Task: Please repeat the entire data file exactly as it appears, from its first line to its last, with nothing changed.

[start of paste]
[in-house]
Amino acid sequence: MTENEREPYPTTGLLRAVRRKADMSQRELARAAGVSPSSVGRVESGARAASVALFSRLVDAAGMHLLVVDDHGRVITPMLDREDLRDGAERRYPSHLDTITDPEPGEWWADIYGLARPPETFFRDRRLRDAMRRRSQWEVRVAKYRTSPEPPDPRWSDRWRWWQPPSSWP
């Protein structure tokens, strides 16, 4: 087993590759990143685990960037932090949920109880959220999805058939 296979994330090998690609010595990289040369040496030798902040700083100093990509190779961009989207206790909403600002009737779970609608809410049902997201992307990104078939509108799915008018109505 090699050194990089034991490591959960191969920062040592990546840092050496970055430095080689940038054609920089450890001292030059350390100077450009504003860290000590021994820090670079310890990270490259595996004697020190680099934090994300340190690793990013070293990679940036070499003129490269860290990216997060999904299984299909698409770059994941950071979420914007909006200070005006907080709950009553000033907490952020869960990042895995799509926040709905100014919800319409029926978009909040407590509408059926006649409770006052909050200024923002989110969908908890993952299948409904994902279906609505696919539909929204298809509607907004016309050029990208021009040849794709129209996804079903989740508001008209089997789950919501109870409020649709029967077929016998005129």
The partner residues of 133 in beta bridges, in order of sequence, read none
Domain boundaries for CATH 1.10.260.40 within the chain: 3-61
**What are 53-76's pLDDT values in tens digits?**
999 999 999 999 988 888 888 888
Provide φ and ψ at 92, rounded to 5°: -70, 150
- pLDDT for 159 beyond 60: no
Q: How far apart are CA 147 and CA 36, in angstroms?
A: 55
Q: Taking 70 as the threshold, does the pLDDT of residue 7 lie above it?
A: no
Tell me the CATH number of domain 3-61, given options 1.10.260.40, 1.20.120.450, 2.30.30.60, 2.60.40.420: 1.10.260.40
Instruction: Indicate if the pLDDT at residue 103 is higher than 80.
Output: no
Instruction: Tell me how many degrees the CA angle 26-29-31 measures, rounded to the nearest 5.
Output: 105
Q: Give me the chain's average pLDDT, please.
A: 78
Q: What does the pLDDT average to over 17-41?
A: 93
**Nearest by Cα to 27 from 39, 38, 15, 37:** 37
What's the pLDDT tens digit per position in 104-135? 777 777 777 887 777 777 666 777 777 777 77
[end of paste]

[in-house]
Amino acid sequence: MTENEREPYPTTGLLRAVRRKADMSQRELARAAGVSPSSVGRVESGARAASVALFSRLVDAAGMHLLVVDDHGRVITPMLDREDLRDGAERRYPSHLDTITDPEPGEWWADIYGLARPPETFFRDRRLRDAMRRRSQWEVRVAKYRTSPEPPDPRWSDRWRWWQPPSSWP
């Protein structure tokens, strides 16, 4: 087993590759990143685990960037932090949920109880959220999805058939 296979994330090998690609010595990289040369040496030798902040700083100093990509190779961009989207206790909403600002009737779970609608809410049902997201992307990104078939509108799915008018109505 090699050194990089034991490591959960191969920062040592990546840092050496970055430095080689940038054609920089450890001292030059350390100077450009504003860290000590021994820090670079310890990270490259595996004697020190680099934090994300340190690793990013070293990679940036070499003129490269860290990216997060999904299984299909698409770059994941950071979420914007909006200070005006907080709950009553000033907490952020869960990042895995799509926040709905100014919800319409029926978009909040407590509408059926006649409770006052909050200024923002989110969908908890993952299948409904994902279906609505696919539909929204298809509607907004016309050029990208021009040849794709129209996804079903989740508001008209089997789950919501109870409020649709029967077929016998005129």
The partner residues of 133 in beta bridges, in order of sequence, read none
Domain boundaries for CATH 1.10.260.40 within the chain: 3-61
**What are 53-76's pLDDT values in tens digits?**
999 999 999 999 988 888 888 888
Provide φ and ψ at 92, rounded to 5°: -70, 150
- pLDDT for 159 beyond 60: no
Q: How far apart are CA 147 and CA 36, in angstroms?
A: 55
Q: Taking 70 as the threshold, does the pLDDT of residue 7 lie above it?
A: no
Tell me the CATH number of domain 3-61, given options 1.10.260.40, 1.20.120.450, 2.30.30.60, 2.60.40.420: 1.10.260.40
Instruction: Indicate if the pLDDT at residue 103 is higher than 80.
Output: no
Instruction: Tell me how many degrees the CA angle 26-29-31 measures, rounded to the nearest 5.
Output: 105
Q: Give me the chain's average pLDDT, please.
A: 78
Q: What does the pLDDT average to over 17-41?
A: 93
**Nearest by Cα to 27 from 39, 38, 15, 37:** 37
What's the pLDDT tens digit per position in 104-135? 777 777 777 887 777 777 666 777 777 777 77